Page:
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Post What Makes a Polymath?
Created by John Eipper on 07/27/19 10:30 AM

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What Makes a Polymath? (Tor Guimaraes, USA, 07/27/19 10:30 am)

The last post from Sasha Pack (July 27th) mentioned a few polymaths. According to the definition those are people knowledgeable on many subjects. That is what I have strived for all my life and never quite made it. Further, I see some interesting issues with the concept.

For example, one issue arises because knowledge grows exponentially and by necessity becomes increasingly specialized. It therefore becomes increasingly more difficult for anyone to become a polymath.

Another issue arises from the nature of real knowledge which has been accumulated over centuries and keeps being corrected and improved on very specific topics. Thus, a person like Aristotle must be considered one of the greatest and earliest polymath. Yet, much of his knowledge was wrong and debunked by early scientists.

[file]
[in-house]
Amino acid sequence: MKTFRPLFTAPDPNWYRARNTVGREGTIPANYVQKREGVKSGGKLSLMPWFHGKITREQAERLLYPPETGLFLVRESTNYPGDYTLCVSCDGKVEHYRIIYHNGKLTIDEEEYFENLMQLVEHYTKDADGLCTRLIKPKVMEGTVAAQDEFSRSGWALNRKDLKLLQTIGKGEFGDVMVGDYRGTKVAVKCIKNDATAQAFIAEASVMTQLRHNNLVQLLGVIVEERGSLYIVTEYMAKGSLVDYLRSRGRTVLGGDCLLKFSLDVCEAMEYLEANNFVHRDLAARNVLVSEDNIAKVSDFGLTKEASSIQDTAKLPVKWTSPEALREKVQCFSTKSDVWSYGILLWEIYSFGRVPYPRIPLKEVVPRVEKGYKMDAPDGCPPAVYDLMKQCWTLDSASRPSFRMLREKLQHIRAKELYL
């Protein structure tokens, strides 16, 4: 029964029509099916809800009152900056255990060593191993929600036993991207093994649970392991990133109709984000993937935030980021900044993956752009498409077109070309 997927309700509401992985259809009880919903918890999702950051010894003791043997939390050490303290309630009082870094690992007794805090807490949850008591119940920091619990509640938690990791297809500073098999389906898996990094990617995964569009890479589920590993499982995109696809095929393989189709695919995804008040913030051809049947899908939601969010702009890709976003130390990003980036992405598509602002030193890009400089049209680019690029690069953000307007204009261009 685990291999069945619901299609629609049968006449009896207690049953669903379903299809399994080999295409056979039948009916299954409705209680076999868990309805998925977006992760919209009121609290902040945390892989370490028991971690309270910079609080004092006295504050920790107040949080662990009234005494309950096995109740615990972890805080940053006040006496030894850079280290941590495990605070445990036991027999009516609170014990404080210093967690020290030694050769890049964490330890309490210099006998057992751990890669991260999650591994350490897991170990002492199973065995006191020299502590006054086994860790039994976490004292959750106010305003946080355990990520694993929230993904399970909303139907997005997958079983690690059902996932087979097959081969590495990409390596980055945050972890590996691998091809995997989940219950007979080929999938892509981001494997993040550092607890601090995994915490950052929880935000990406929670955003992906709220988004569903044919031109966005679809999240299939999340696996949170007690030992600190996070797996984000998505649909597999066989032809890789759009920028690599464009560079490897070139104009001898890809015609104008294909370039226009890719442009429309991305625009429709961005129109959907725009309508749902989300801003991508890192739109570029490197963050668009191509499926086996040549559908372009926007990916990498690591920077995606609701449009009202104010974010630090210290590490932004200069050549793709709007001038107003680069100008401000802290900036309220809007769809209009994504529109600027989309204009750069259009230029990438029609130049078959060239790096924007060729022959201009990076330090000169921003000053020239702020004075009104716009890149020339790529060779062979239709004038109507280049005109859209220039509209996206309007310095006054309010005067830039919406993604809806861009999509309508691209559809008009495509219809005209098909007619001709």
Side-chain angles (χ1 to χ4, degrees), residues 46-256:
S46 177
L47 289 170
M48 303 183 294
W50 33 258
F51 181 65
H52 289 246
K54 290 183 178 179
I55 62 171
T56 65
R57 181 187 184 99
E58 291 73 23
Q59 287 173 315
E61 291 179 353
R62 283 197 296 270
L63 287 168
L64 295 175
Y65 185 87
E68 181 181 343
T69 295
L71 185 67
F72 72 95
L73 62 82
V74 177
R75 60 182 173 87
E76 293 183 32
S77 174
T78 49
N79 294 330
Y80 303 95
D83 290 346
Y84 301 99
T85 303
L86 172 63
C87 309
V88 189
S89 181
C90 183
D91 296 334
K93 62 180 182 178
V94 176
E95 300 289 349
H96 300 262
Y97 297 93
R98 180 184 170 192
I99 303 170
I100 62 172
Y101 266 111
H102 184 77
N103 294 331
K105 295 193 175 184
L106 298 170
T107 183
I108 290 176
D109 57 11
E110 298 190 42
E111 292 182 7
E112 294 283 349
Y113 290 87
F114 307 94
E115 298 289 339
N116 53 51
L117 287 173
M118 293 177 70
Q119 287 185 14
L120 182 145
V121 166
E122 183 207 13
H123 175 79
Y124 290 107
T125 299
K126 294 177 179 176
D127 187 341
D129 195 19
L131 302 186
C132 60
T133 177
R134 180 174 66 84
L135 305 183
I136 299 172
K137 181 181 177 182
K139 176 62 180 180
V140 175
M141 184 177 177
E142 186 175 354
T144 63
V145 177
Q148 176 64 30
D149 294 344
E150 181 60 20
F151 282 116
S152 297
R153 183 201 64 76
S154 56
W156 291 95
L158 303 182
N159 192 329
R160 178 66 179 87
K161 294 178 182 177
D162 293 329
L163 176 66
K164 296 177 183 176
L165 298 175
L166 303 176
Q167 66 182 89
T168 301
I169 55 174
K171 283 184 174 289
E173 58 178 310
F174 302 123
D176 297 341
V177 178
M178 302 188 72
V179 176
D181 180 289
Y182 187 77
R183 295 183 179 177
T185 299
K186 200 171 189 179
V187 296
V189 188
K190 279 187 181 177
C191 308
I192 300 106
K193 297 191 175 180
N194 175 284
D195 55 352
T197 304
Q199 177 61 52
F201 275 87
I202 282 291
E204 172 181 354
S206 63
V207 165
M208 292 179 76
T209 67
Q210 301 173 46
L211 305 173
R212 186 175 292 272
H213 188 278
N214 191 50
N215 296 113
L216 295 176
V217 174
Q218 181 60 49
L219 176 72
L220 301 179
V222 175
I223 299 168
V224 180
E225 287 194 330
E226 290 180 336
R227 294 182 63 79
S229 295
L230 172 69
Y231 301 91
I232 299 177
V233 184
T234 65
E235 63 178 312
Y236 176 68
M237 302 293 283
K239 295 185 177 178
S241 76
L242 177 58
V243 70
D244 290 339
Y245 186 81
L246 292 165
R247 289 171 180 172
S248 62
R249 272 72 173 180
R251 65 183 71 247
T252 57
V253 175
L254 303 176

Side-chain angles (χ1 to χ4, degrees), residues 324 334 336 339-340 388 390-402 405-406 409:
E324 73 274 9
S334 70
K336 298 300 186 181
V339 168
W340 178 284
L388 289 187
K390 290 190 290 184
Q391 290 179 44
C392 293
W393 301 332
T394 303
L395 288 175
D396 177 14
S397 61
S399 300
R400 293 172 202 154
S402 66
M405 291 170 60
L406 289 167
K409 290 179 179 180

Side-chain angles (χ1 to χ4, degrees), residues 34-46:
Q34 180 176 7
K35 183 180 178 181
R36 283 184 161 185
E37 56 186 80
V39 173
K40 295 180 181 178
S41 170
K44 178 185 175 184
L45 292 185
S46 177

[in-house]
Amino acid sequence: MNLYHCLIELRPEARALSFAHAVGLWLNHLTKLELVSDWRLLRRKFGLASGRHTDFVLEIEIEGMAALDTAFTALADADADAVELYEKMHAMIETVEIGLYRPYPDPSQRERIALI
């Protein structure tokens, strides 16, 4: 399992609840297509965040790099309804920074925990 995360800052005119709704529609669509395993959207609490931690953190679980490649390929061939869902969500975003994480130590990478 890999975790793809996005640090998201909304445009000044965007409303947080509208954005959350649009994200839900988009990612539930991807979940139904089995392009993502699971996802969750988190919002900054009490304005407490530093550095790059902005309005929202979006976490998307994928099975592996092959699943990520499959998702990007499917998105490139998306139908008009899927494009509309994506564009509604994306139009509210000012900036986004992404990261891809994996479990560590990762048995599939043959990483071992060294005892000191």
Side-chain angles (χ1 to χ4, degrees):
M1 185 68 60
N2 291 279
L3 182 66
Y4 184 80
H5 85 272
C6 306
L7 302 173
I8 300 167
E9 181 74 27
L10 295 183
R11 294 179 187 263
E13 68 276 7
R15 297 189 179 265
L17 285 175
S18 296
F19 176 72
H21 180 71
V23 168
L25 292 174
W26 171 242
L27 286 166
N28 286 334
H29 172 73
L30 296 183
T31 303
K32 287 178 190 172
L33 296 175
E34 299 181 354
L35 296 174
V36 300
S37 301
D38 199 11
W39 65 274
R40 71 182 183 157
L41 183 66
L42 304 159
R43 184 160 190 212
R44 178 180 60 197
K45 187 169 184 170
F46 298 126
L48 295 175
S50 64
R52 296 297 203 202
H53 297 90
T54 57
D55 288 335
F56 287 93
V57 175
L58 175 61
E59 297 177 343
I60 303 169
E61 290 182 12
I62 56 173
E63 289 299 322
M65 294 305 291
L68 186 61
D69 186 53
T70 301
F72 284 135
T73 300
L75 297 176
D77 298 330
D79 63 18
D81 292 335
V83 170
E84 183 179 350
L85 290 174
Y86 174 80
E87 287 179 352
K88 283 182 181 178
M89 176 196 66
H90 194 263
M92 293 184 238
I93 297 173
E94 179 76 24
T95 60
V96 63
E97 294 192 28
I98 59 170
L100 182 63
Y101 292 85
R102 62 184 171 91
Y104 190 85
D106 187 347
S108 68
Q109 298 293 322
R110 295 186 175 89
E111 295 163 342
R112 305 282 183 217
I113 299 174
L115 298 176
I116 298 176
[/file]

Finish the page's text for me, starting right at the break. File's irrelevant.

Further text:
How do we account for these issues before labeling someone a polymath?

JE comments:  Is it still possible to be a true polymath?  This question has never before appeared on the Forum.  (I've nonetheless used the label to describe several WAISers.)  Is it sufficient in our age to have expertise in two or three areas?  Still in Jefferson's day, it was possible to know everything.

A related question for the WAISitudes:  who was the last polymath?  Google it, and several votes come up for Bertrand Russell.


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